In March, he travelled to the University of California, Berkeley, to participate in one of the largest tournaments in the country, where he and his teammates took home first-, second- and third-place honors.
Fakorede and fellow Science Park debate team member Christian Quiroz have been selected as Clement Price Scholars, named for a longtime history professor and civic leader at Rutgers-Newark who died last November.
They will receive full scholarships to live at Rutgers-Newark, joining the inaugural class of the campus’s Social Justice Learning Community.
The Social Justice Learning Community is designed for first-year students who have an interest in community engagement, social equity, and issues of justice and injustice. The learning community assists students in their transition from high school to college by enabling them to share common first-year courses while receiving academic and personal advising.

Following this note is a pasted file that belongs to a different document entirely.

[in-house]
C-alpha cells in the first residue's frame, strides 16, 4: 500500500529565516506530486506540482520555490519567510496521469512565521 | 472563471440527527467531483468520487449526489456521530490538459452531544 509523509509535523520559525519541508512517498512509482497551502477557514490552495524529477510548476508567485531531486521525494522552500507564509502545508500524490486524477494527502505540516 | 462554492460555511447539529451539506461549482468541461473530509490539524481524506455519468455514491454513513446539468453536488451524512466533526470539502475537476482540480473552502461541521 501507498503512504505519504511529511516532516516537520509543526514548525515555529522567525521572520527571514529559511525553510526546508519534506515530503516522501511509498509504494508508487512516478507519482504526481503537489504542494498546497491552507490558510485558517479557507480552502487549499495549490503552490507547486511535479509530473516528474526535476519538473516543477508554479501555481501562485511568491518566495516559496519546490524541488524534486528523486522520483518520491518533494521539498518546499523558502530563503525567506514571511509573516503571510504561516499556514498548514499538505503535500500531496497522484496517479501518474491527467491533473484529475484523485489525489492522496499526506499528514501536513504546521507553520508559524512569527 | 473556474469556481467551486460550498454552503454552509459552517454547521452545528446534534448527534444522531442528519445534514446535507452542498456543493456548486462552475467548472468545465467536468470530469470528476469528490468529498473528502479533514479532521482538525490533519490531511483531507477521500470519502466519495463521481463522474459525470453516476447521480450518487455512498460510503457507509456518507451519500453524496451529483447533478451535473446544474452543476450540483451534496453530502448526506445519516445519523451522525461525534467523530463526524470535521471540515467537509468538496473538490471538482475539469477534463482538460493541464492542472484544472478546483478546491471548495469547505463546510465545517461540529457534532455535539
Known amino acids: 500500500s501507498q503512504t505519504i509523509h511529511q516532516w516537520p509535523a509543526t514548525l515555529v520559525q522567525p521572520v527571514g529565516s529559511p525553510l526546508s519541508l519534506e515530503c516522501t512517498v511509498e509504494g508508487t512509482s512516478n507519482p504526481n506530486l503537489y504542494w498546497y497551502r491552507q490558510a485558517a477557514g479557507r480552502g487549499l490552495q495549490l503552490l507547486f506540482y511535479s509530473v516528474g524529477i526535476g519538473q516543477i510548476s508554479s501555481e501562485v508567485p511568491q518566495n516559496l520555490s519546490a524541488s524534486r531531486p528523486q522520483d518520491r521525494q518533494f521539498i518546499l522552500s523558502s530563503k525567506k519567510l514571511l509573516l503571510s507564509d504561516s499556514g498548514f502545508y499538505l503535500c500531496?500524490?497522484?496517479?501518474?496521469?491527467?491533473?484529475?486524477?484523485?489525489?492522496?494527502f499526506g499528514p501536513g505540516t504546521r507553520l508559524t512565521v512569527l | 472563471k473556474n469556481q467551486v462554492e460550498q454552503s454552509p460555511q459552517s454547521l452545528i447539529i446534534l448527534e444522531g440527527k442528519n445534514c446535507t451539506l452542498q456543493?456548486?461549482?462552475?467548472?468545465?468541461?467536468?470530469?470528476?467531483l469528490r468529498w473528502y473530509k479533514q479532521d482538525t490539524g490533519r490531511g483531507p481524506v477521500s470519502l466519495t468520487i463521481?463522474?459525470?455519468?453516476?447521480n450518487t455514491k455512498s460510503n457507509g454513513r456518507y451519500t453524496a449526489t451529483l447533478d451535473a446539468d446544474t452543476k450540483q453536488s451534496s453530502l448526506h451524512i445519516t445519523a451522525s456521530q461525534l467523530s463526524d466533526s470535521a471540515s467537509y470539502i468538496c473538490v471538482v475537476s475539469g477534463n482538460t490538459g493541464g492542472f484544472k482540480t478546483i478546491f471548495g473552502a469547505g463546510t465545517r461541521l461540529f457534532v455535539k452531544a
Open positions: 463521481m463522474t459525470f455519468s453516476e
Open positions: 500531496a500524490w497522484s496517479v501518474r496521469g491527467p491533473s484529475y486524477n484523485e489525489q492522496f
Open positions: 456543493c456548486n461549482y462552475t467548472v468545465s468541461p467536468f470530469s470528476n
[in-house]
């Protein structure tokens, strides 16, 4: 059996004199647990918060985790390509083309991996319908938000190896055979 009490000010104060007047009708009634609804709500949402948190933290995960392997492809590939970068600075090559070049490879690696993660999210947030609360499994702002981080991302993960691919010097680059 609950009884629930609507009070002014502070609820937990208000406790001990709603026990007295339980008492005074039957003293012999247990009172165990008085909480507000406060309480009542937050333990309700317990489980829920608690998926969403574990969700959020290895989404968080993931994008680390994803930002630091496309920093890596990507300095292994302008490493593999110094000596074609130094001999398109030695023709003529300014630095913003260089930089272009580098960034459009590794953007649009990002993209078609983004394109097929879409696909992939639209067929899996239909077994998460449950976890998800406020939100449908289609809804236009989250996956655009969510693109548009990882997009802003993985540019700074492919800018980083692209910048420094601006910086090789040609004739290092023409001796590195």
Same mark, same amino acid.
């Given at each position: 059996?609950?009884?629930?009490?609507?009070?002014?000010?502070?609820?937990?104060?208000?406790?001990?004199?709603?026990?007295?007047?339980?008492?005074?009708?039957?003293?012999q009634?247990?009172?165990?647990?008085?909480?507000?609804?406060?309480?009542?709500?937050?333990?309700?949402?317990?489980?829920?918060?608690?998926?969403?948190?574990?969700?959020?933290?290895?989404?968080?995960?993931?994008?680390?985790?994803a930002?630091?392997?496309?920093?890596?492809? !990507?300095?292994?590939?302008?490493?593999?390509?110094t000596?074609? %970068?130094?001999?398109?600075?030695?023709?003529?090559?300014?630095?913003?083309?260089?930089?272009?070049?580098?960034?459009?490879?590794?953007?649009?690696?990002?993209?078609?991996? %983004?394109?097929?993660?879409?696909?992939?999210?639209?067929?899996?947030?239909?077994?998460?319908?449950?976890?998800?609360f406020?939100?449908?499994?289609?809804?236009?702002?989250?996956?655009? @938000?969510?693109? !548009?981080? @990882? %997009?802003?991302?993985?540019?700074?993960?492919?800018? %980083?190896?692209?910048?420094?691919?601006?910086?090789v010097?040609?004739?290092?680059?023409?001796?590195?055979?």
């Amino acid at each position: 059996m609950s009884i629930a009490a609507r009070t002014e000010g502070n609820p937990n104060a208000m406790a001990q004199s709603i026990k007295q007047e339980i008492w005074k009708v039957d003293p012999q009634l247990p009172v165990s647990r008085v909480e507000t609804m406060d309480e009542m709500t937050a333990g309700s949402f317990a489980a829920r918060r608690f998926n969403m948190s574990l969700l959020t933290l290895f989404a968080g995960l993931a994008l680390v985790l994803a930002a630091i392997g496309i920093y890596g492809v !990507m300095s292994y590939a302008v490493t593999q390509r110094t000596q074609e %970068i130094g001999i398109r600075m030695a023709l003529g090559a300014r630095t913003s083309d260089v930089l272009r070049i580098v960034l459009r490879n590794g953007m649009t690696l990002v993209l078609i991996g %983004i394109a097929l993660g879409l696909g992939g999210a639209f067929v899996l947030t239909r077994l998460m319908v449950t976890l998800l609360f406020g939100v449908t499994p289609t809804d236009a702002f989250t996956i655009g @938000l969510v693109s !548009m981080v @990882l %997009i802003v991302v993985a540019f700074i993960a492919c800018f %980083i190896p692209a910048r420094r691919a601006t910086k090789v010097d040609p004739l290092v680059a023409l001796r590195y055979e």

Steven Yankanich, who will enter the School of Business at Rutgers-Camden, began as a warehouse manager with the Eagles organization in 2003 and worked his way up the ranks to become assistant director of merchandise operations.
Now an independent contractor, the resident of Washington Township, Gloucester County, recently returned from the Pro Football Hall of Fame in Canton, Ohio, where he oversaw merchandising for the Aerosmith concert that inaugurated the hall’s Concert for Legends series.
Other facts of note about Rutgers’ Class of 2019:
- More than 2,500 are the first in their families to attend college.
More than 1,250 have parents who attended Rutgers.
About 48 percent of incoming students are of African-American, Latino or Asian background.
More than 9,600 first-year and transfer students will receive financial aid.
- The most popular projected majors for the first-years (in order) are business; health professions and related clinical sciences; biological and biomedical sciences; engineering, and social sciences such as economics and political science.